Ingenico’s Denis Predicts the Future of EMV in North America

(Scroll down to access the audio interview)

Don’t doubt it for a second: EMV is happening in the United States. Combined with the incentive of long-term fraud reduction, the short-term bonuses recently offered by MasterCard and Visa (leeway on PCI compliance, e.g.) are pushing this migration forward. It’s an opportunity for payment systems specialists to step up and help bridge a gap that perhaps should have been closed years ago. One such expert is Ingenico, which has been working with merchants for nearly 30 years, 14 of which involved a keen focus on the importance of EMV to POS security.

Operator of more EMV-compliant terminals than anyone else anywhere, Ingenico has also shown itself to have a particularly loud voice in the security standard migration discussion. Since EMV’s inception, the Paris-based firm has been working to get payments players on board with the new system. And recently, the company was given a seat on the EMVCo Board of Advisors, as one of the first-ever Technical Associates to serve that key group.

It makes sense, then, that a paramount player in the European move to EMV might also have a tremendous impact on the transition effort in North America. Already in Canada, for example, the firm has partnered with ACT Canada, led by President and CEO Catherine Johnston, to provide hands-on guidance as that country upgrades its infrastructure nationwide.

To explain how the partnership between Ingenico and ACT Canada can influence the global conversation, Johnston and Ingenico North America President Thierry Denis spoke with MPD’s Karen Webster. The trio discussed the greatest challenges posed by EMV adoption; unpacked the chicken-and-egg problem presented by the need for getting both consumers and merchants on board with the new standard; and took a step towards evaluating EMV’s impact on mobile adoption in the United States.

Of course, one day’s conversation won’t be enough to perfect an EMV roadmap for the U.S.; replacing credit cards, terminals, and infrastructure will take a decade, perhaps more. But expert commentary is the correct place to start in sketching out that map, and Ingenico is an expert on EMV. So let’s start there, and then figure out what other questions we need to be asking between now and the year 2020.


Part One: Catherine Johnston – ACT Canada Overview 

    

Part Two: Thierry Denis – Ingenico’s Role in EMV Migration 

    

Part Three: Group discussion – Merchants, consumers, networks, NFC and U.S. adoption

    

Click here for the downloadable transcript.

Related Article: Ingenico Chairman & CEO Philippe Lazare Comments on 2011 Results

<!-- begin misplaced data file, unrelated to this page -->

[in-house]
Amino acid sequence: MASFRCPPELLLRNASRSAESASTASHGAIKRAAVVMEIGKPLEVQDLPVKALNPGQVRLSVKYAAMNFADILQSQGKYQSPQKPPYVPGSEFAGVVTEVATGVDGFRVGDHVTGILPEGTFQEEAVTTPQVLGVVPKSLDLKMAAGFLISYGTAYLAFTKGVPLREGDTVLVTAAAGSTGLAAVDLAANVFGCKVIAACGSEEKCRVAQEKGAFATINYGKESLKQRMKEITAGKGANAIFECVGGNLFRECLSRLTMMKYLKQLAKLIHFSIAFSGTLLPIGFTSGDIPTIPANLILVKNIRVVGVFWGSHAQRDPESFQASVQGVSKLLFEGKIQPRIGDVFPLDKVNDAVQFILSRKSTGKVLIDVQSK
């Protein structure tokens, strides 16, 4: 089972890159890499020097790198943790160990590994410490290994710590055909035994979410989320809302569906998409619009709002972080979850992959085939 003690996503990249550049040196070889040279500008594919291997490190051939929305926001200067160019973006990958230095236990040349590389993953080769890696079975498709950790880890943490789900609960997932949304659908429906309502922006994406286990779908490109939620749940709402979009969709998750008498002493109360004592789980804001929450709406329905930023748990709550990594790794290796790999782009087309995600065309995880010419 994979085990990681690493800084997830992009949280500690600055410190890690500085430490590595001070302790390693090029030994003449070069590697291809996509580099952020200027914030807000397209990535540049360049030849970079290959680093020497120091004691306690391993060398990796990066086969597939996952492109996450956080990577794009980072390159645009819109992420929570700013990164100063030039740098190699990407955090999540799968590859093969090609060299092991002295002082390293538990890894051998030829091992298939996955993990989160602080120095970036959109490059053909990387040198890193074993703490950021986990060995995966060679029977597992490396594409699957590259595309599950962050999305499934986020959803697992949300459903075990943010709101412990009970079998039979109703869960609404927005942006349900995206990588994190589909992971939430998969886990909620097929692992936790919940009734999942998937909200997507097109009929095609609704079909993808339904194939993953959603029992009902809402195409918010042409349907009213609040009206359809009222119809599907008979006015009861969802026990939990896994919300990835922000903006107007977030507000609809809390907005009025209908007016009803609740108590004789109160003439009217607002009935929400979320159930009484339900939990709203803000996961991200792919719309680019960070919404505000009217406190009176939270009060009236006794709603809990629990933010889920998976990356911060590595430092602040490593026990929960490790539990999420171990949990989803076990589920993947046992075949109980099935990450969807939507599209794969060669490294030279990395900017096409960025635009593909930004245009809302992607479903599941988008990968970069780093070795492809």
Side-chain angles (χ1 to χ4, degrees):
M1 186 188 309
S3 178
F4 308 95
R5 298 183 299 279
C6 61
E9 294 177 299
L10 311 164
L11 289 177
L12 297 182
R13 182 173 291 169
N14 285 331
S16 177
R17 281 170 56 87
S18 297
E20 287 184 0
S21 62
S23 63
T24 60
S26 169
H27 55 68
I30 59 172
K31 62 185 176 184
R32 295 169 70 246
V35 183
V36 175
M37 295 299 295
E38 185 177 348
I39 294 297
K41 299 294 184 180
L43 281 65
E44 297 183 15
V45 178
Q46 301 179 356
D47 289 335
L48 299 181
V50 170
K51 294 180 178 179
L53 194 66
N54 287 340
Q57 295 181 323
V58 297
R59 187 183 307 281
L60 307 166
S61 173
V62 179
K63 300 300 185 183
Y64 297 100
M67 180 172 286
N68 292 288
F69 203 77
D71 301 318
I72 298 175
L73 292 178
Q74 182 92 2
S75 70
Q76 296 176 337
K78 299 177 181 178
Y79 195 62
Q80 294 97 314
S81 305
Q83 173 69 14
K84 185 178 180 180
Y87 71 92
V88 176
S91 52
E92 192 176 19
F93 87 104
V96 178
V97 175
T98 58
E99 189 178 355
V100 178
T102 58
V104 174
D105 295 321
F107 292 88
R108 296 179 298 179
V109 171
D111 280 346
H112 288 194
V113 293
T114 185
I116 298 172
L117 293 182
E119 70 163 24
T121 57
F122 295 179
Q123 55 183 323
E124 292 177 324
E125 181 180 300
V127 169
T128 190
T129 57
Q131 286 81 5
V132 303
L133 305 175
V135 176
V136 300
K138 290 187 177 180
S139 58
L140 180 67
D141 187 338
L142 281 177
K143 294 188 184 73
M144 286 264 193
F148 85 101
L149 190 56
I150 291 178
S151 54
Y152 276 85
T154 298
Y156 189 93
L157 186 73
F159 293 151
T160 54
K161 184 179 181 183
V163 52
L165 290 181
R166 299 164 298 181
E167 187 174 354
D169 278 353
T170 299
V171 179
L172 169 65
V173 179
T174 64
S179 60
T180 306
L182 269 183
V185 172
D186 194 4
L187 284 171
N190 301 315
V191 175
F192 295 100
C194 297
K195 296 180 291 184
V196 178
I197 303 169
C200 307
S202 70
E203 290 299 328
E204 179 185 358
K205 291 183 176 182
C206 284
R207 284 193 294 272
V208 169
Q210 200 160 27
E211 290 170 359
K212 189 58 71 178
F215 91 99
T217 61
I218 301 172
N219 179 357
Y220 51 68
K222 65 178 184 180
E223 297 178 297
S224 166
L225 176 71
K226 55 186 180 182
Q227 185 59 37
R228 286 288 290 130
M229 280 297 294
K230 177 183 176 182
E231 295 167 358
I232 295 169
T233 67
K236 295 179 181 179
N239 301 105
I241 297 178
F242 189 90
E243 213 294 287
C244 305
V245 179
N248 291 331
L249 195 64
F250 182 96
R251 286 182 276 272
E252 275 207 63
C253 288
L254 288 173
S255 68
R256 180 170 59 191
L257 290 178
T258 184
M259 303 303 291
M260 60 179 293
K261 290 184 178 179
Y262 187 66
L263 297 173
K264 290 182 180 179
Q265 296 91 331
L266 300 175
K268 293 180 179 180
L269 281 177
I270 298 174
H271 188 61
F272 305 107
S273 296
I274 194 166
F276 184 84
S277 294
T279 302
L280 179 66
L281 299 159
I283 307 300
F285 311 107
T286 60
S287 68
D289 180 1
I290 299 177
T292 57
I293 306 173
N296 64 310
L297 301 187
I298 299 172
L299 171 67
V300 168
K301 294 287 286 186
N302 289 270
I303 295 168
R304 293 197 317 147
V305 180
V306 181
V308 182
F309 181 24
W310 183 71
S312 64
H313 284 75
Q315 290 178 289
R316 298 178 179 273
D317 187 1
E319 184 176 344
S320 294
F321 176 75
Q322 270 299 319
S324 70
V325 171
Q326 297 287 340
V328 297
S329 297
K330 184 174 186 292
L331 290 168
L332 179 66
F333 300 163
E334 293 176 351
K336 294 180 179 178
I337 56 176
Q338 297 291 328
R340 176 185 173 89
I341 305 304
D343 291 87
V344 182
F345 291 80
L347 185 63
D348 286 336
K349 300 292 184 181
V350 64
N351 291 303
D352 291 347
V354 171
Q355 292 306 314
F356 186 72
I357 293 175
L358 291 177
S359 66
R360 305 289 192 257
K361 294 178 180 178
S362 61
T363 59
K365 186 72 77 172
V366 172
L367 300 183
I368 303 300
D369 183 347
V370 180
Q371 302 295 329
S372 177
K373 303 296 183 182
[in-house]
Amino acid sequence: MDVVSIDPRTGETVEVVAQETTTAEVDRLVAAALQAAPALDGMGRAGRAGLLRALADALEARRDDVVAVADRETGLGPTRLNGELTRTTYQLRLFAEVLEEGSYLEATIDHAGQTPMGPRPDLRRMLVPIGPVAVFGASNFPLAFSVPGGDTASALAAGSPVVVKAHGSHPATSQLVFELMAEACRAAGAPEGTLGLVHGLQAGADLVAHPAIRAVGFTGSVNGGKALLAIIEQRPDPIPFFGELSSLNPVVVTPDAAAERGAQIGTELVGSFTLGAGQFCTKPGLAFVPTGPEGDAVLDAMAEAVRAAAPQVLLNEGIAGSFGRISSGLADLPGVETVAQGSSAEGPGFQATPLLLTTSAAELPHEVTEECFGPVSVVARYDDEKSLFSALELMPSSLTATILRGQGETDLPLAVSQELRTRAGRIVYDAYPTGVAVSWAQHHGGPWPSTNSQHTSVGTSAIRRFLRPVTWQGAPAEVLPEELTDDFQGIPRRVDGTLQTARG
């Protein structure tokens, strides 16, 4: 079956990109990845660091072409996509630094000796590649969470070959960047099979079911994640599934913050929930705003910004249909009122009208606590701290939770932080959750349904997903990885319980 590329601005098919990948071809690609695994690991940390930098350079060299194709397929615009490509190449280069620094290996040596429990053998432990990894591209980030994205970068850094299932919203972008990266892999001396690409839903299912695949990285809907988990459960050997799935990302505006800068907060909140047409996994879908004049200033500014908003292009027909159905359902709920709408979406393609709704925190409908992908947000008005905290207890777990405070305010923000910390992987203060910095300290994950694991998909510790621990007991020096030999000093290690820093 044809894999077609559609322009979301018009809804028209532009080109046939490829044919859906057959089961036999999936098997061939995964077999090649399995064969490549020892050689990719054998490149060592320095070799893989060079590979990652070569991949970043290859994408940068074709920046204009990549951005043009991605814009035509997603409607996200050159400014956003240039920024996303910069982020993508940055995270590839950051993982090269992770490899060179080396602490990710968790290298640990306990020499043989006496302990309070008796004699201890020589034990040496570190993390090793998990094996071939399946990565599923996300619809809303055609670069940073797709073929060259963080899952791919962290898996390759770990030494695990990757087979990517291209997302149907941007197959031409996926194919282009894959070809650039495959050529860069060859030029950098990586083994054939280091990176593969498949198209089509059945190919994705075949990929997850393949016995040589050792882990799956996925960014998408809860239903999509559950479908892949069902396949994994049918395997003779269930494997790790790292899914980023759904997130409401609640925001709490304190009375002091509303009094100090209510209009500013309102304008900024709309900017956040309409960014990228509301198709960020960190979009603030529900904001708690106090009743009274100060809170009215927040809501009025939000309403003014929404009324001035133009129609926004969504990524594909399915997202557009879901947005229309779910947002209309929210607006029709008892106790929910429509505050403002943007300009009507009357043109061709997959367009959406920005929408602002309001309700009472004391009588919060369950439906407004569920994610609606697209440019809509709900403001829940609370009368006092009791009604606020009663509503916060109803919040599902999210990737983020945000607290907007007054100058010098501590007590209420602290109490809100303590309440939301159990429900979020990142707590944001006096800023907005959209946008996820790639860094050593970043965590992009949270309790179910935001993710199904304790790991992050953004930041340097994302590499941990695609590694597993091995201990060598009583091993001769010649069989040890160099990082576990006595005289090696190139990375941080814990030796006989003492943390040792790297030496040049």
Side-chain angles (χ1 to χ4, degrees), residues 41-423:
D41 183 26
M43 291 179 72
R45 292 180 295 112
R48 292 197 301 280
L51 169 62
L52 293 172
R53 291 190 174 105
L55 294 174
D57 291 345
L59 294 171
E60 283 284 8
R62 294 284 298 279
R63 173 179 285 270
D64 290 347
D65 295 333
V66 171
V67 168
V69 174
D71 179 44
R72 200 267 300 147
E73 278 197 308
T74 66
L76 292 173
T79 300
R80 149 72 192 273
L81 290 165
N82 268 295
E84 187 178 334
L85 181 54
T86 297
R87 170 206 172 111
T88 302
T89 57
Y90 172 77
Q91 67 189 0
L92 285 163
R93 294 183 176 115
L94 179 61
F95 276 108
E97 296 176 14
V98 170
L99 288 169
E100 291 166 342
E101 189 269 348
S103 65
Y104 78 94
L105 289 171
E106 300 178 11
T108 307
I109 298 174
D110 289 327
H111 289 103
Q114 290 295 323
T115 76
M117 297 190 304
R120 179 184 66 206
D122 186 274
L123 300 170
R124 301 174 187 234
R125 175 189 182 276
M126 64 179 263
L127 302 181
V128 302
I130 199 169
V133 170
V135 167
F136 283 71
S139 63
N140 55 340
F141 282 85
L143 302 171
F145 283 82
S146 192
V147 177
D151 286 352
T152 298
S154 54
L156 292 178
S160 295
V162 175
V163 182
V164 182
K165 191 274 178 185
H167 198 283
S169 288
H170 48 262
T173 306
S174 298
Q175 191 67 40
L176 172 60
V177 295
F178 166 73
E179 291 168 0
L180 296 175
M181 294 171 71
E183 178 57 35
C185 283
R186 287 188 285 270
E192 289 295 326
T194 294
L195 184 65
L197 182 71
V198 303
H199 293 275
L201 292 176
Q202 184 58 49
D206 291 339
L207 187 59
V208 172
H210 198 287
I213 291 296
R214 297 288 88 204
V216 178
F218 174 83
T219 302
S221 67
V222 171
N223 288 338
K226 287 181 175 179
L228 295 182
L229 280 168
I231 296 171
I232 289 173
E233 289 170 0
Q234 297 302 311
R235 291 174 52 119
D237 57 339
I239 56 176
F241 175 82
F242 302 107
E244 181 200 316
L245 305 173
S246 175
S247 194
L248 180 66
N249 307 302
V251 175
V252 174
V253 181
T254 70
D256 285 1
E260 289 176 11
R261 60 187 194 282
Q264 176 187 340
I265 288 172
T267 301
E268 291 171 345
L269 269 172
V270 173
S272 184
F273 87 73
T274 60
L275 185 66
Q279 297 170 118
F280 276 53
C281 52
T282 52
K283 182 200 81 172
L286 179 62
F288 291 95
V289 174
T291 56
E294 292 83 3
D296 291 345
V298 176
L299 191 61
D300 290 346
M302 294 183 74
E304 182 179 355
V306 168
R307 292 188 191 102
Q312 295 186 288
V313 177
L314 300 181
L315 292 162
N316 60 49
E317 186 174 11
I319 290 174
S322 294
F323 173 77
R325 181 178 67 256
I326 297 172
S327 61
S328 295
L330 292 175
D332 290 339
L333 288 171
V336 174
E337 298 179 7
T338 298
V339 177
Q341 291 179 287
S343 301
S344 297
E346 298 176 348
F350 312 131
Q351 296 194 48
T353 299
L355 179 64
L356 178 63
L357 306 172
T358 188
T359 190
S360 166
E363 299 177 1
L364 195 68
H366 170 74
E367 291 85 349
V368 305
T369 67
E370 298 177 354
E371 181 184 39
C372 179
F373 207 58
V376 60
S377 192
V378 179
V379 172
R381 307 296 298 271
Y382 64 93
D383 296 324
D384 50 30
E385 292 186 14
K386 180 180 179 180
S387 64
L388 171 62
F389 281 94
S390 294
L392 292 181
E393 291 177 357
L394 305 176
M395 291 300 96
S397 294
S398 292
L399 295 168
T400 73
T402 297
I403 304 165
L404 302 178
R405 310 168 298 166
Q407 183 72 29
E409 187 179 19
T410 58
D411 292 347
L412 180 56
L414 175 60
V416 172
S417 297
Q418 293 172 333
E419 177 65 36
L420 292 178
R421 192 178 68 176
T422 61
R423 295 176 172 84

Thierry Denis
President, Ingenico North America

Currently, Thierry Denis serves as President of Ingenico North America reporting to the CEO and Chairman of Ingenico, Inc. Mr. Denis has overall responsibility for driving the development and execution of Ingenico’s business strategy in the United States and Canada. He has been in his current position since April 2011.

Mr. Denis has been with Ingenico for over 21 years, 17 of which he spent in the Asia Pacific region. He managed the Australian subsidiary of Ingenico, with over 60 staff members based in offices in Sydney and Melbourne with overall responsibility for the company’s operations in Australia and New Zealand. Mr. Denis has a strong sales and technical background and has been successful in expanding the international business of Ingenico. He has served in a range of senior executive positions within the company, including R&D Manager and Software Director for Asia Pacific. In 2004, Mr. Denis was appointed Director of the South East Asian region based in Singapore where he remained until 2006 when he returned to Australia to take up his position as Managing Director.


 Catherine Johnston 
President & CEO, ACT Canada
Chairman, International Smart Card Associations Network

Catherine Johnston is the President and Chief Executive Officer of ACT Canada, the stakeholder association focused on secure payment, secure identity management and other advanced applications. She has been with the association for 21 years. She is also the Chair of the International Smart Card Associations Network, and founder of the Women in Payments Networking group. Catherine is a founding member and past Vice-Chairman of the Stakeholders’ Advisory Council of the Canadian Payments Association.

As the president of ACT Canada, she works with merchants, issuers, acquirers, processors, regulators, consumers and other payments stakeholders, providing a neutral forum where insights can be shared.

Over the past six years, much of her focus has been on EMV, as Canada moved to meet liability shift dates in 2011. During that time she co-chaired the Merchant Strategic Leadership team, helping retailers access EMV information for the development of their strategic plans. Today the team has added mobile payment, contactless and NFC to their mandate.

Catherine now also focusses on EMV across North America, mobile commerce and other emerging payment issues and opportunities. She is a popular speaker at conferences around the world and is the driving force behind Cardware, Canada’s premiere payments insight conference.

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